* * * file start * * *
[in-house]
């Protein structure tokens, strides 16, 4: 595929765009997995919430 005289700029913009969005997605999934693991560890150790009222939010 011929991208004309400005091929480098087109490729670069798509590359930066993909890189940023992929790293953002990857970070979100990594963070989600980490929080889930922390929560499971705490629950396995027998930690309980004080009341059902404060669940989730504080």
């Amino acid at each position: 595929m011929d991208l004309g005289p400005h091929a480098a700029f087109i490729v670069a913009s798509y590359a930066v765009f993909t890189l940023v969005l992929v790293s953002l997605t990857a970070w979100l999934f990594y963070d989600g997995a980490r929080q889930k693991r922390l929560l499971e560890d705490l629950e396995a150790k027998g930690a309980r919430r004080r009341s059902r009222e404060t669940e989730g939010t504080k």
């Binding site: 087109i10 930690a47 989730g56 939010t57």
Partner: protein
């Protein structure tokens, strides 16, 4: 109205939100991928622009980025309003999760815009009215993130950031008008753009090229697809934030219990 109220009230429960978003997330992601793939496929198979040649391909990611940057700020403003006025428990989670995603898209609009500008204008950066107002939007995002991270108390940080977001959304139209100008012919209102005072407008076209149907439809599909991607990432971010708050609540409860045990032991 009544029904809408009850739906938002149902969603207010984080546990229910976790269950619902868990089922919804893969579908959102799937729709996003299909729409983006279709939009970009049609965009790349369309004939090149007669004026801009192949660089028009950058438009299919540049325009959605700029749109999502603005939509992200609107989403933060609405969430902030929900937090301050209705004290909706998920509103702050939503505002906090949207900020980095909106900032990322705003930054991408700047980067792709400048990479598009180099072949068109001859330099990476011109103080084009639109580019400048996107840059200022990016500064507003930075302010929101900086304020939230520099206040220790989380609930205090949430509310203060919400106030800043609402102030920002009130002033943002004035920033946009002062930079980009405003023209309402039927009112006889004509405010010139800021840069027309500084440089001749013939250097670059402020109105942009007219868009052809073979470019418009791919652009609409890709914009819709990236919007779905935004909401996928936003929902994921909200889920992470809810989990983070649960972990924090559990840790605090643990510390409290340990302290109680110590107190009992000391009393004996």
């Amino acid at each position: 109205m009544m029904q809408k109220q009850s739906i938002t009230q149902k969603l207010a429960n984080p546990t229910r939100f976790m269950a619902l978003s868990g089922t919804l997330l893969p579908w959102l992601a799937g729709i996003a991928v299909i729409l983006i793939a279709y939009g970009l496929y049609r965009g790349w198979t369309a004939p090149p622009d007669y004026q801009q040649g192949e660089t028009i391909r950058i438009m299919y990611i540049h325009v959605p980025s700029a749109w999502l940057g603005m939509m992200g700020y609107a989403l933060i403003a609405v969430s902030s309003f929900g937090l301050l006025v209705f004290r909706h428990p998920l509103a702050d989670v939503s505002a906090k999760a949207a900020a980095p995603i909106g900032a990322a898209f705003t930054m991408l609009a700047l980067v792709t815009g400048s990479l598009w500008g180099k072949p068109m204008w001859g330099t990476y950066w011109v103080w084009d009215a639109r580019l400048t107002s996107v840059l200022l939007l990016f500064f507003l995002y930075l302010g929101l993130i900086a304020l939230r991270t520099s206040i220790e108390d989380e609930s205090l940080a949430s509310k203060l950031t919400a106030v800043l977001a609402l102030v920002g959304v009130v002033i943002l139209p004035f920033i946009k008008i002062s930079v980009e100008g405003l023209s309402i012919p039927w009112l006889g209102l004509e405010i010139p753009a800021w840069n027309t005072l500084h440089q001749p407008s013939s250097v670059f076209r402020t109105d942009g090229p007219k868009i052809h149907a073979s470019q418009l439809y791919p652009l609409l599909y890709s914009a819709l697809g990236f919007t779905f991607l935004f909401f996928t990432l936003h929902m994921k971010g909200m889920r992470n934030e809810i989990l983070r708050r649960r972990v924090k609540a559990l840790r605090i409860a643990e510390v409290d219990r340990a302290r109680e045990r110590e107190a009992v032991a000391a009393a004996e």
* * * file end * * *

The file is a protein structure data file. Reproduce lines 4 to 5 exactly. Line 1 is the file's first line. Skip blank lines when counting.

């Binding site: 087109i10 930690a47 989730g56 939010t57």
Partner: protein